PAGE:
I am really looking forward to Candy’s next book, Shine, which is going to be something different, and wonderful.

You can find out more about Candy Gourlay on her website.

Wednesday, January 30, 2013

Fairy trees

Fairy tree

As you travel through Ireland, you will often see small, gnarled trees or bushes, hawthorn (also called whitethorn), standing alone in a field or by a road. These are fairy trees. Don’t mess with them!

People who believe the old Irish lore won’t cut down or harm these trees, and don’t take kindly to being mocked for it. “In Ireland, if the three fairy trees, Oak, Ash and Thorn, grow together, it is particularly auspicious, and this is venerated even more than the single tree.”

Apparently, if you touch or damage a fairy tree, you risk bad luck or the unwanted attention of the Sidhe (say "shee"). Like standing on a hill in moonlight, you could be sucked into the magical world of the Sidhe, never to be seen again. “This is very old Irish folk superstition, although there have been documented cases of strange and somewhat frightening things happening to those who violated a fairy tree.”

If you doubt the power of belief or the power of fairy trees, here’s a short article that might change your mind:

Hawthorn identification (Posted by James Kilkelly in the Irish forum)

“Whether you fall under the heading of hedge planter or fairy hunter, here is how to identify our native hawthorn, when out and about. A bushy tree, hawthorn grows on average, to a height and spread of 6 meters.

Unlike blackthorn, whose stems are dark, the stems of hawthorn are light grey turning to a pinkish brown color with age, which is also when character-filled cracks start to appear up along the trunk. Most of the young twigs sprouting from the tree emerge red before going through these color changes. The glossy green leaves are between 20 to 30 mm long and are divided into 3, 5, or 7 deeply cut lobes. The tree comes into leaf at the end of March.

Hawthorn is in flower from May to June with 5-petalled white flowers, which unfortunately have an unpleasant smell. You see, up close, the flowers have a faint scent of rotting meat; this allows pollination of the flowers by flies rather than the bees, which are not active in early spring, Hawthorn’s blooming time.

Hawthorn is all around us in the countryside, so if you live there or have spent some time there without being put off by hawthorn’s spring scent, then you won't find it unpleasant.

By September, the pollinated flowers become 1 cm wide, deep red fruits known as haws. These can contain up to five seeds at their centre.”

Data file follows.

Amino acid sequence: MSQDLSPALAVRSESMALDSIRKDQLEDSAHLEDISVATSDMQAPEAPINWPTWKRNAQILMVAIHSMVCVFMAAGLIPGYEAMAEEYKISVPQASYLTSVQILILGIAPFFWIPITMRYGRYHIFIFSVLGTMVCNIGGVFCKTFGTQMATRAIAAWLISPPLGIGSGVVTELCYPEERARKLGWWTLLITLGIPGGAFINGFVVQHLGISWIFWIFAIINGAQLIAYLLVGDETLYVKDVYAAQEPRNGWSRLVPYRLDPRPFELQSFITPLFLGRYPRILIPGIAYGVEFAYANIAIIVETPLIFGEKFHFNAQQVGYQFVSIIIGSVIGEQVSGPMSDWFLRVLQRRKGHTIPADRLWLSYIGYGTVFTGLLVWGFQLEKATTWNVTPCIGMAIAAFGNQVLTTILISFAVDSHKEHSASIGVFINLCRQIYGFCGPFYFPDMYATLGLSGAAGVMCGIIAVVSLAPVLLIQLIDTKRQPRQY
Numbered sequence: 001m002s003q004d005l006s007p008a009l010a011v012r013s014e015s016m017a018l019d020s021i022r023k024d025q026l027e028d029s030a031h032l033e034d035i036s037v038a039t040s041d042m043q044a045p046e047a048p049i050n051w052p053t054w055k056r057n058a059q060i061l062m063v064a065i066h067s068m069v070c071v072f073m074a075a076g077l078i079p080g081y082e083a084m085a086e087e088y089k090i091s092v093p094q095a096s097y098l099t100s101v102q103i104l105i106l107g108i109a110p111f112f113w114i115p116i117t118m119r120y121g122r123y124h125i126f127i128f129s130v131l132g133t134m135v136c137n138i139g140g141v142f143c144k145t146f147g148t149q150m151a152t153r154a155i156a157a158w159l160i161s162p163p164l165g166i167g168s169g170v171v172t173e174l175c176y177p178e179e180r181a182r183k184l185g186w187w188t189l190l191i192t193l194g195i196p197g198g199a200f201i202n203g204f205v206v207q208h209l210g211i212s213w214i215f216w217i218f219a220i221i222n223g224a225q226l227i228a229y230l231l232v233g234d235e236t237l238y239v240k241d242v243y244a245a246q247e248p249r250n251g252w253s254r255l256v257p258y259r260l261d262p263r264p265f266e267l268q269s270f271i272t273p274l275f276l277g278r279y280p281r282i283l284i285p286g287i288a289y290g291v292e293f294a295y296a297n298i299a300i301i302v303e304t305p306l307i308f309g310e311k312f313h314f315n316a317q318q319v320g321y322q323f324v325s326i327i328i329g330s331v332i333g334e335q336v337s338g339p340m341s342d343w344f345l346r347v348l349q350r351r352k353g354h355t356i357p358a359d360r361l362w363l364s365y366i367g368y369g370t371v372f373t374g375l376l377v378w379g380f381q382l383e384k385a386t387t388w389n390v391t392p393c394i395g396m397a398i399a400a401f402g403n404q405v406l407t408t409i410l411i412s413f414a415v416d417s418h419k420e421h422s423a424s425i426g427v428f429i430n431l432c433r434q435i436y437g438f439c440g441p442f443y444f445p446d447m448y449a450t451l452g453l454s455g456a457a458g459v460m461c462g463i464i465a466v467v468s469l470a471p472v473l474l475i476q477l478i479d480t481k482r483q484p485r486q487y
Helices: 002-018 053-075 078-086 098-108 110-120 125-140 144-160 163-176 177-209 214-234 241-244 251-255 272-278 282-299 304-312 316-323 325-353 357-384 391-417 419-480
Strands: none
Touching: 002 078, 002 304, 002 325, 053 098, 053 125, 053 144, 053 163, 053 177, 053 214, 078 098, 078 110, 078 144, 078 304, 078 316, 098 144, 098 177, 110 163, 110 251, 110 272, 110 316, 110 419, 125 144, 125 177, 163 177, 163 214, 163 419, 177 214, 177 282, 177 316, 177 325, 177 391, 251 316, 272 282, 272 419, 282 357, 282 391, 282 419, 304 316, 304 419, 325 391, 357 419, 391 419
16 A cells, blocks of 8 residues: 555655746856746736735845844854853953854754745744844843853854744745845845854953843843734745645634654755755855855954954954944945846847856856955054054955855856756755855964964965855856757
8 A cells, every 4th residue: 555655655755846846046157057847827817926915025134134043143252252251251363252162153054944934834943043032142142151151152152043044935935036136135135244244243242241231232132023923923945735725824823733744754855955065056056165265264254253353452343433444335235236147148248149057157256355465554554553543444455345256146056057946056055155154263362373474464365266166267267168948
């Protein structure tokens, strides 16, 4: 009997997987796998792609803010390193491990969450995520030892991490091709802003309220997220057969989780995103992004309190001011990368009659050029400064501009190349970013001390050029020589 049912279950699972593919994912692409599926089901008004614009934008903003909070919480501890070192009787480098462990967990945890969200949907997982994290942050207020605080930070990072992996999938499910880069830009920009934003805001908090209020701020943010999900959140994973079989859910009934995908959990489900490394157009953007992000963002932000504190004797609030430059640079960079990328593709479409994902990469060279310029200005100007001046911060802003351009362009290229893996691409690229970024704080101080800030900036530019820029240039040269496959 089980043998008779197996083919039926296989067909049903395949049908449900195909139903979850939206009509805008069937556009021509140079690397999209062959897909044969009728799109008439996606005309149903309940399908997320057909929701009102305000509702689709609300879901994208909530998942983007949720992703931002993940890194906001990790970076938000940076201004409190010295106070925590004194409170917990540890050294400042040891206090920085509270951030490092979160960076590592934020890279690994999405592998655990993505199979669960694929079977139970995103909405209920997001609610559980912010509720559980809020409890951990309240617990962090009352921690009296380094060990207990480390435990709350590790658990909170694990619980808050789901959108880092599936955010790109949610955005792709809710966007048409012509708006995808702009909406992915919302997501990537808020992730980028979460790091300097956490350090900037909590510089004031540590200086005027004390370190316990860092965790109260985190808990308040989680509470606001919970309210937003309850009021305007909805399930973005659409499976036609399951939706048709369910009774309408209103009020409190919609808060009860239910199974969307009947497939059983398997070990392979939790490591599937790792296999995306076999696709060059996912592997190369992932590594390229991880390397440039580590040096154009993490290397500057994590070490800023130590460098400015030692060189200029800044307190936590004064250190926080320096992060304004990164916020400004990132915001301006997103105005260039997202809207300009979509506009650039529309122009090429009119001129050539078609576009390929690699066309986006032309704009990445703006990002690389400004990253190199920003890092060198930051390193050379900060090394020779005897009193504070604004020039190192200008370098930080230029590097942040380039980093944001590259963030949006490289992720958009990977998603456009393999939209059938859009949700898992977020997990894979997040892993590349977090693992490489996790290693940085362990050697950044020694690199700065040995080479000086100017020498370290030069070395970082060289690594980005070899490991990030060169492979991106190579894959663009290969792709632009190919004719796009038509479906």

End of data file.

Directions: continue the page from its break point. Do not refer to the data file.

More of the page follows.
Flowers that smell faintly of rotting meat. Charming!

Friday, January 4, 2013

Nollaig na mBan

In Ireland, Nollaig Bheag takes place on January 6 and signals the end of Christmas and a break from the hard labor of the season for Irish women. I didn’t know this, but, in the old Julian calendar, Christmas day used to be celebrated on the 6th of January, until they switched to the Gregorian calendar.

“Little Christmas is also called Women's Christmas (Nollaig na mBan), and sometimes Women's Little Christmas. The tradition, still very strong in Cork and Kerry, is so called because of the Irish men taking on all the household duties for the day. Most women hold parties or go out to celebrate the day with their friends, sisters, mothers, and aunts. Bars and restaurants serve mostly women and girls on this night. Children often buy presents for their mothers and grandmothers.”

Little Christmas is the one day of the year where the Irish mammies get to put their feet up and the men folk do all the chores and cooking? Hah! I'd like to see that!! Irish mammies rule, that's for sure.

For the less cynical, here is a lovely blog post of one Irishwoman’s memories of this tradition:

My female friends and I do celebrate this day, either at someone's house or at a restaurant or bar. As a modern tradition, it's great fun to have a girls' night to dress up, eat, laugh, and socialize. No boys aloud, though we sometimes break that rule. Of course, you can do this any day of the year these days, but Women's Little Christmas is still something special.

Nollaig Shona (Happy Christmas - again)!